Earlier this week, The Independent reported that 21,000 Rohingya Muslims fled “potential genocide” at the hands of Myanmar’s government from October 9 to December 2, 2016.
Prior reports have also pointed to strong evidence of genocide against the Rohingya. Despite this, little has been done to assist this stateless Muslim population, which has received very little attention from the international community.
Regarded as the world’s most persecuted minority, the Rohingya make up 1 million of Myanmar’s population of 50 million. The oppression they face is both systematic and historically-rooted. When Myanmar, then known as Burma, gained its independence from the British in 1948, the Union Citizenship Act granted full citizenship to the Rohingya. The community experienced a short period of calm until 1962, when a coup d’état transformed the country from a burgeoning democracy into a military dictatorship run by Officer Ne Win.
After consolidating power through force, Ne Win propagated a platform of national sovereignty and cohesion that was supposed to bring stability and prosperity to the country. But, in reality, Ne Win’s ultranationalist rule created an atmosphere in which the Rohingya were dehumanized and excluded, as so-called foreigners. These efforts set the stage for the Rohingya’s repression, deprivation of their civil and human rights, and the seizure of their property.
In the decades following his takeover, Ne Win and his successors launched several campaigns against the Rohingya. In 1978, he launched “Operation Nagamin,” a military campaign that was supposedly intended to purge insurgents attempting to build an Islamic state in the northern province of Rakhine. As human rights groups have claimed, however, the operation was aimed at cleansing the Rohingya from the region. As a result of the purge, over 200,000 Rohingya fled for Bangladesh, where they lived in abysmal conditions in refugee camps. Those who returned to Burma faced even worse torment from Burmese authorities.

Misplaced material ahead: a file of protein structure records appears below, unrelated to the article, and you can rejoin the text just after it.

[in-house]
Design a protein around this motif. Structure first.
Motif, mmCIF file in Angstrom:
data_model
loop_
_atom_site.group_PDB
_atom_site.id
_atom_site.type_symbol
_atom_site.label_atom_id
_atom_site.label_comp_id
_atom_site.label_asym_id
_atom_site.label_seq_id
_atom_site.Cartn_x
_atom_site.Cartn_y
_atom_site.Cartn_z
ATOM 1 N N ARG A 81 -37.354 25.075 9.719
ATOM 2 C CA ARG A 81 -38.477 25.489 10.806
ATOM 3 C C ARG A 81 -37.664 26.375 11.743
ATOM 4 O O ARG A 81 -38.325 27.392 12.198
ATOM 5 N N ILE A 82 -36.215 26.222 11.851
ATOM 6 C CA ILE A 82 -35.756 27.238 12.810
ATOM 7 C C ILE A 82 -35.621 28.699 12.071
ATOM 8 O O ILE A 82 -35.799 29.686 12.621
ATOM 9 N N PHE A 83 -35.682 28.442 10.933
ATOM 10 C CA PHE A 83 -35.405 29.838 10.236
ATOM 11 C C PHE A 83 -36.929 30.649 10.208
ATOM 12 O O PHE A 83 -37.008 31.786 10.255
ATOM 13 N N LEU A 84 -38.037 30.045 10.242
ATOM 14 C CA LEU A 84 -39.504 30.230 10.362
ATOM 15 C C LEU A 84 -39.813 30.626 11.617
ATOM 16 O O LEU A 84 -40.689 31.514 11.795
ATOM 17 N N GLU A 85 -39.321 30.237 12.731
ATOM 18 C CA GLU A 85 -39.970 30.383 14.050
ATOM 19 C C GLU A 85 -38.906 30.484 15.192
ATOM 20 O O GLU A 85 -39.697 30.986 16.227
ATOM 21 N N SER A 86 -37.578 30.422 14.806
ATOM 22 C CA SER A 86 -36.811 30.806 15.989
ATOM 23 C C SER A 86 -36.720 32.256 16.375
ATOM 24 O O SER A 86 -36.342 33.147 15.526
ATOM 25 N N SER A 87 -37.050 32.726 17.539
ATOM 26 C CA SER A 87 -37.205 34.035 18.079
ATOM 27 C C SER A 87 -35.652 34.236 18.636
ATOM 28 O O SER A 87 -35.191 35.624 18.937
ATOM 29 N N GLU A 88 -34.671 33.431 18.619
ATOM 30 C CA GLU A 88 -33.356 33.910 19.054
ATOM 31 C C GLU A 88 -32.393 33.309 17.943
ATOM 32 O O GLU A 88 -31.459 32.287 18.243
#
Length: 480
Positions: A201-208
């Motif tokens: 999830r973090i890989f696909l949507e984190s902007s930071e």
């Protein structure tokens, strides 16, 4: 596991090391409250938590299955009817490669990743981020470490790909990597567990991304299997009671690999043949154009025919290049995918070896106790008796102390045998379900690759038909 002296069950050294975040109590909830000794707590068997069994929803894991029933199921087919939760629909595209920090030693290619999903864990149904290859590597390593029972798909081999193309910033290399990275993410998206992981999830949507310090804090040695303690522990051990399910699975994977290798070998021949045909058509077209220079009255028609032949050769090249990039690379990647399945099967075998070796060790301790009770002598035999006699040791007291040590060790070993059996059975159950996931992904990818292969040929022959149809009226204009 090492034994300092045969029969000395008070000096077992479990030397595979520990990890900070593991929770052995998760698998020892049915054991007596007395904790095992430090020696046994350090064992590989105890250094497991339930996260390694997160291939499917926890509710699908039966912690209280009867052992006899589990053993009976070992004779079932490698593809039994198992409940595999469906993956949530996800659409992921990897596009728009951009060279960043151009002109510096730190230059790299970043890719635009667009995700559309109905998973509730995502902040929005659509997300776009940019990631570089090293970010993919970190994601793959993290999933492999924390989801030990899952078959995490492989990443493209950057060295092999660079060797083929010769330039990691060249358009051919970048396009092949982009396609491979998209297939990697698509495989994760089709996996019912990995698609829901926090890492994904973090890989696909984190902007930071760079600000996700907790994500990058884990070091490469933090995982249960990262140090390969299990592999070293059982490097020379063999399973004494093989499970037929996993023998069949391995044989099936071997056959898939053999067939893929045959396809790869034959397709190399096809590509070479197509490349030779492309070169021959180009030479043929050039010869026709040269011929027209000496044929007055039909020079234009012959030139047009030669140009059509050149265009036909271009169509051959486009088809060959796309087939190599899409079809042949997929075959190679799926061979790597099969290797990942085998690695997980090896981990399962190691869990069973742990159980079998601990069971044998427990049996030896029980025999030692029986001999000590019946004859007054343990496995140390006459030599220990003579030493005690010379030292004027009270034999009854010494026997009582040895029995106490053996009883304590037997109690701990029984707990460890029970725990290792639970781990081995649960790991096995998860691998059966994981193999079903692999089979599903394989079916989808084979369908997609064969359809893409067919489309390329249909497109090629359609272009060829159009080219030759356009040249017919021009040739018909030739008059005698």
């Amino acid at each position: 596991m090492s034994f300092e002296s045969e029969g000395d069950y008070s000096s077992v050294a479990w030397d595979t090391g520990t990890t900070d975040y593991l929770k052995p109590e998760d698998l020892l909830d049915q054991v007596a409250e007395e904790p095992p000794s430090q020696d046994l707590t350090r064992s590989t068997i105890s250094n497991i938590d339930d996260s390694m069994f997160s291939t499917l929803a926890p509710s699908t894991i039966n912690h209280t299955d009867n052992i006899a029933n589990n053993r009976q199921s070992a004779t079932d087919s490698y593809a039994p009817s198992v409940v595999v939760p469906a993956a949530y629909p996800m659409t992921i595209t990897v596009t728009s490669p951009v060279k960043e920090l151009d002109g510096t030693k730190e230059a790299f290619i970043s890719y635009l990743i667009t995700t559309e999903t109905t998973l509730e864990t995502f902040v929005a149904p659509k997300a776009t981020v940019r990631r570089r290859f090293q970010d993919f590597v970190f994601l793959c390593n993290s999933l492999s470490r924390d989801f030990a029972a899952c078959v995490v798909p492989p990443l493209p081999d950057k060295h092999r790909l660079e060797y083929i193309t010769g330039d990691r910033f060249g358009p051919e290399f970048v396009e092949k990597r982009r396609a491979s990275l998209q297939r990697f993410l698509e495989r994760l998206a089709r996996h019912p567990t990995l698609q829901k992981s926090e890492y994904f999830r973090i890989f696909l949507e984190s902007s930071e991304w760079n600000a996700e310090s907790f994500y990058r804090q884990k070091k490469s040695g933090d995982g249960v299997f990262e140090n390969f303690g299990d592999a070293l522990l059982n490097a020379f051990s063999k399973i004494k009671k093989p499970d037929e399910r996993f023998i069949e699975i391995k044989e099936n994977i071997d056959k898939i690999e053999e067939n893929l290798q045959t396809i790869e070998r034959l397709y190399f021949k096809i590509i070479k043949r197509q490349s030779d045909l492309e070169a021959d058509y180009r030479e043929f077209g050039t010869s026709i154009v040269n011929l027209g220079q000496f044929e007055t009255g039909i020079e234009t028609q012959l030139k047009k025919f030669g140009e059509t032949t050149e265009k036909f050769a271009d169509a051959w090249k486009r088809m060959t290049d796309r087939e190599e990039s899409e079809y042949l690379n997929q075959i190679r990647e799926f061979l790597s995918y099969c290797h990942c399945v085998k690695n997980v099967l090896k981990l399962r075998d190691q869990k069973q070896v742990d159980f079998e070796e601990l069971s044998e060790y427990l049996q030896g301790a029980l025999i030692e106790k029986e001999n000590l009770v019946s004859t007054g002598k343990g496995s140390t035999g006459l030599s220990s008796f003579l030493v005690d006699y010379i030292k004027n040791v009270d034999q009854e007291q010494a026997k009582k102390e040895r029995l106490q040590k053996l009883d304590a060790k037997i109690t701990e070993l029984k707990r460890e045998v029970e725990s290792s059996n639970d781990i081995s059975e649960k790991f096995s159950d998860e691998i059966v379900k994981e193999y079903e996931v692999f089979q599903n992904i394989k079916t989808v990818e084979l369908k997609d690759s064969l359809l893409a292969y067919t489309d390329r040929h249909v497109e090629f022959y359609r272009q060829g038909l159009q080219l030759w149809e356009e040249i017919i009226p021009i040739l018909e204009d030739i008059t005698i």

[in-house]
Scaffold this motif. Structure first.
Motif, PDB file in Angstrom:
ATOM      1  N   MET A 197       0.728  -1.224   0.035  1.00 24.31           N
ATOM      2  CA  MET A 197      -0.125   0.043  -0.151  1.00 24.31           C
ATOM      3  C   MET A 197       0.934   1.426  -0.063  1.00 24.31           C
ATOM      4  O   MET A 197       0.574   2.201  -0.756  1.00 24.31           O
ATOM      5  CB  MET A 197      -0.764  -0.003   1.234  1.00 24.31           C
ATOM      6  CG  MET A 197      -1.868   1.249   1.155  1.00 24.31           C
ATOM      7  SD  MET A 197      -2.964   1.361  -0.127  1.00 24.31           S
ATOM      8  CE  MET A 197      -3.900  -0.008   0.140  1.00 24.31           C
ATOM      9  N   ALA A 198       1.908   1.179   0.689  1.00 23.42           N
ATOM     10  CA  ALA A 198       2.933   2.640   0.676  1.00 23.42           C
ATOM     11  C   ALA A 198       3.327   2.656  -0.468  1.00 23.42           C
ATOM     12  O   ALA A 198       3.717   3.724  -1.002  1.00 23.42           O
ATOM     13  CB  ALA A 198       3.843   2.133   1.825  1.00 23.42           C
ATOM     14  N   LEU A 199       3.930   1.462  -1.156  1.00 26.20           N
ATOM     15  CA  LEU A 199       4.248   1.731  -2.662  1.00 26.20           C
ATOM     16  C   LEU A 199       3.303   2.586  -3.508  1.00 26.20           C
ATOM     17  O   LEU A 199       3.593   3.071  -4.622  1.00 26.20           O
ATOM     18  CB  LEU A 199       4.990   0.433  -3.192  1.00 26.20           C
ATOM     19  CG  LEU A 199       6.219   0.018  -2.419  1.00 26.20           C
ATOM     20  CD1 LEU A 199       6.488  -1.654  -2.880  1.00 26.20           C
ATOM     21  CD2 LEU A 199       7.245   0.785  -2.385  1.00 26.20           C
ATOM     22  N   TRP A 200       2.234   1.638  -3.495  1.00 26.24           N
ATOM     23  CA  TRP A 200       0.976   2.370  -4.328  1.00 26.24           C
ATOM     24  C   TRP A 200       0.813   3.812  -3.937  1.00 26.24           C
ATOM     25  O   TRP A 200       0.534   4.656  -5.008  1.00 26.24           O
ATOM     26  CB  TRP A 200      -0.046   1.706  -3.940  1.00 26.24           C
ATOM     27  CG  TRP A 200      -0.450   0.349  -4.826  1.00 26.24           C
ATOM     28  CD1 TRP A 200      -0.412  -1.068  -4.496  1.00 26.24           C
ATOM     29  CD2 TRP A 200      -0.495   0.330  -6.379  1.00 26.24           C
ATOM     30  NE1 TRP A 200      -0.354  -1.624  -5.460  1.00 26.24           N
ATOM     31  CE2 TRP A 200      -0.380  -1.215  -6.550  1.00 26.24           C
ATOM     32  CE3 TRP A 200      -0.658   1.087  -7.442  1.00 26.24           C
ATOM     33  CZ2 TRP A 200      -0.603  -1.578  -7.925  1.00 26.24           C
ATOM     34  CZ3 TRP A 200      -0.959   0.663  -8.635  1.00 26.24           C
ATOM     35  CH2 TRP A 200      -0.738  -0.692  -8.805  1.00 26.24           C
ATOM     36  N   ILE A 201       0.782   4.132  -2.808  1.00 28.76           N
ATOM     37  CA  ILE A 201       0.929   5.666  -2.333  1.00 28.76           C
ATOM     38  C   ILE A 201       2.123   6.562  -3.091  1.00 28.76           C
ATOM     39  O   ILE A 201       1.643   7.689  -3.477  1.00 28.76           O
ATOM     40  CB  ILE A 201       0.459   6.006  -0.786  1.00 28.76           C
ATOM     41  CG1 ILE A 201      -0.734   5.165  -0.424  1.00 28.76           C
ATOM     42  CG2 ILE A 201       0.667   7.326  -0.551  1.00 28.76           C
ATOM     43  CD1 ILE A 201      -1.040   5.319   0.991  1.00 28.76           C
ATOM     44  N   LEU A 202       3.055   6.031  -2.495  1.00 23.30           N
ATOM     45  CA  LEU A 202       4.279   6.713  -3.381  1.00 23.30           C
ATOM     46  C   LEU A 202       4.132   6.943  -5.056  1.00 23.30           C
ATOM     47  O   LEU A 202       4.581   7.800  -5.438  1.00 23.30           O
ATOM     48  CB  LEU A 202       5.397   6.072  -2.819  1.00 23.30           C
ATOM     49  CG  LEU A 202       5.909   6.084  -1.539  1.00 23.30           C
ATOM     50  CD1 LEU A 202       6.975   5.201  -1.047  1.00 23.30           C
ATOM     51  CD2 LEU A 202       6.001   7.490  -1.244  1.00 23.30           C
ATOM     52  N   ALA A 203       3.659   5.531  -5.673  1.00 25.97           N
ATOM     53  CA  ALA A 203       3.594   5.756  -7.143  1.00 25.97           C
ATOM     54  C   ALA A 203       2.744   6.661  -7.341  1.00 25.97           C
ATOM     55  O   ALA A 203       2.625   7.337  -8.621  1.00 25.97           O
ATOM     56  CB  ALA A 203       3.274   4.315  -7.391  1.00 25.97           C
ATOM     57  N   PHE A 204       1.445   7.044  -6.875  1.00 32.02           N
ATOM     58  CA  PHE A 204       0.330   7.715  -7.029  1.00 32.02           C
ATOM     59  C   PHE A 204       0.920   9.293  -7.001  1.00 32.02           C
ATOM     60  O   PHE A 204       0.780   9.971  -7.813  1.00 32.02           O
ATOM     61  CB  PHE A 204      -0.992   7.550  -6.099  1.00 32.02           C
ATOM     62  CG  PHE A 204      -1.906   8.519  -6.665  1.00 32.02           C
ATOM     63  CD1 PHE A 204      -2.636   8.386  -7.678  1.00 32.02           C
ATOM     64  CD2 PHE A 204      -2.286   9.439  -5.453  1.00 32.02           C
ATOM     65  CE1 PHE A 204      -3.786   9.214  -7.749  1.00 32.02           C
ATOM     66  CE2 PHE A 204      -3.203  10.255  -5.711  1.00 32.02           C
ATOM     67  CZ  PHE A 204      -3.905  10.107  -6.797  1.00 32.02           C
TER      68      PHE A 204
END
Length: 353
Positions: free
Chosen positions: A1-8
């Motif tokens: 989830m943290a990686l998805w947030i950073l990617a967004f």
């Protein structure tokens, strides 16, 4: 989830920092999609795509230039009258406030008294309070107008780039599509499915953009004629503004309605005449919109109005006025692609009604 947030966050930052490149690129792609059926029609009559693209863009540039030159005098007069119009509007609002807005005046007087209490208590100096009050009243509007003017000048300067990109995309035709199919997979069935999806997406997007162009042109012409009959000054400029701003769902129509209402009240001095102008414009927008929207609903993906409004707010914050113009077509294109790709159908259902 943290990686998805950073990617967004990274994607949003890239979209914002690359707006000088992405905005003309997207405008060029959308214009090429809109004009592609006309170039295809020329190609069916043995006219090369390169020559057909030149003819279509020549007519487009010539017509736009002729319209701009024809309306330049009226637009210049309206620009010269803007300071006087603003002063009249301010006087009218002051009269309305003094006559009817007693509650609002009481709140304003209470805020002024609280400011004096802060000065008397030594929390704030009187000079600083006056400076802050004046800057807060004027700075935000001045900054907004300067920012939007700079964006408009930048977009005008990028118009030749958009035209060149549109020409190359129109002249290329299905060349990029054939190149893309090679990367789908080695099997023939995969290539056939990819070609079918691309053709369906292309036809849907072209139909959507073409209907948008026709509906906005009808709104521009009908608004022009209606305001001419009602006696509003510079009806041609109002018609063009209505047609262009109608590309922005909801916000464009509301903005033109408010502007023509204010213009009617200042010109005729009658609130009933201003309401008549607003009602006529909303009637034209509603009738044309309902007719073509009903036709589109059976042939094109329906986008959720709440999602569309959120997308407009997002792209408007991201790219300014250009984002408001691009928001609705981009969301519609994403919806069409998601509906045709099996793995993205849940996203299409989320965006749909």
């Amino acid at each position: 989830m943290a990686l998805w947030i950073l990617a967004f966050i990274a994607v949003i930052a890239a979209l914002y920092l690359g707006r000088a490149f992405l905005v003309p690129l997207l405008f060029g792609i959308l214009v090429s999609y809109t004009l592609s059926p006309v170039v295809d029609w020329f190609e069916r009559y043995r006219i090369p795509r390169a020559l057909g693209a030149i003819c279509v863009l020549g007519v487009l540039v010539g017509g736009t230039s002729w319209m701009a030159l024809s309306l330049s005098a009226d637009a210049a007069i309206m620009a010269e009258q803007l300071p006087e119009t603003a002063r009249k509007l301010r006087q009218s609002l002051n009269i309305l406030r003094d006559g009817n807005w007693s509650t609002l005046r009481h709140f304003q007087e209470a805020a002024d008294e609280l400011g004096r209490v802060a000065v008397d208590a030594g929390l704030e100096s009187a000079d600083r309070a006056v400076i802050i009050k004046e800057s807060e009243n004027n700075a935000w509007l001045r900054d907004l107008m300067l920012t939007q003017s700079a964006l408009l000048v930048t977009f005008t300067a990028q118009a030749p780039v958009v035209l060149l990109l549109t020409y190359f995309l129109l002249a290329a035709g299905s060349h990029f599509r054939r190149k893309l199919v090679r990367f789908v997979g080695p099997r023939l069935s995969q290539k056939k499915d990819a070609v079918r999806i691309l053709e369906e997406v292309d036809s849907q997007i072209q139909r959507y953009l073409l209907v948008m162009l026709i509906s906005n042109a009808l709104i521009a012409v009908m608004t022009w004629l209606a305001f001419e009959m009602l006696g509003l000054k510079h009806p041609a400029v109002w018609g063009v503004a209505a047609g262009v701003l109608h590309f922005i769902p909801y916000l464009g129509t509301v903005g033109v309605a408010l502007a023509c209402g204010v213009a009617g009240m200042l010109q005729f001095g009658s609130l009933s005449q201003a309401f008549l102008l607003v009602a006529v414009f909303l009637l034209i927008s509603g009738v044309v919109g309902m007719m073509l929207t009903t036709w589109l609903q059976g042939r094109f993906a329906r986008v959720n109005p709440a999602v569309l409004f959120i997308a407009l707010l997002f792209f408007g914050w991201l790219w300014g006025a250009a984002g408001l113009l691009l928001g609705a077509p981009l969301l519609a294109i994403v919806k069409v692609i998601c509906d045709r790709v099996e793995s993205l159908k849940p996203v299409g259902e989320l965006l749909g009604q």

Then came the Burma Citizenship Law of 1982, which completely deprived the Rohingya of all citizenship rights, thereby cementing their status as stateless, “foreign” residents. Another military operation was launched in 1991, with the same official justification as Nagamin, which resulted in the displacement of another 200,000. This operation was called Pyi Thaya, or Operation Beautiful Country.
Most recently in 2012, violence reached a tipping point after reports claimed that a Buddhist woman had been raped and murdered by a Rohingya. In response, members of the government, alongside Buddhist monks and local leaders, began to mobilize large groups to target – and collectively punish – Rohingya Muslims. Over 100,000 were displaced. Human Rights Watch condemned this act of collective punishment, accusing its perpetrators of ethnic cleansing.
At the same time, the Bangladeshi government declared it would no longer accept Rohingya refugees and turned many away. Stuck between a home country aiming to cleanse them, and a host country refusing to accept them, the Rohingya are left with no place to go today.
The Rohingya have experienced unimaginable horrors with no reprieve in sight. This is a stain on the world. The international community must act now, before it is too late.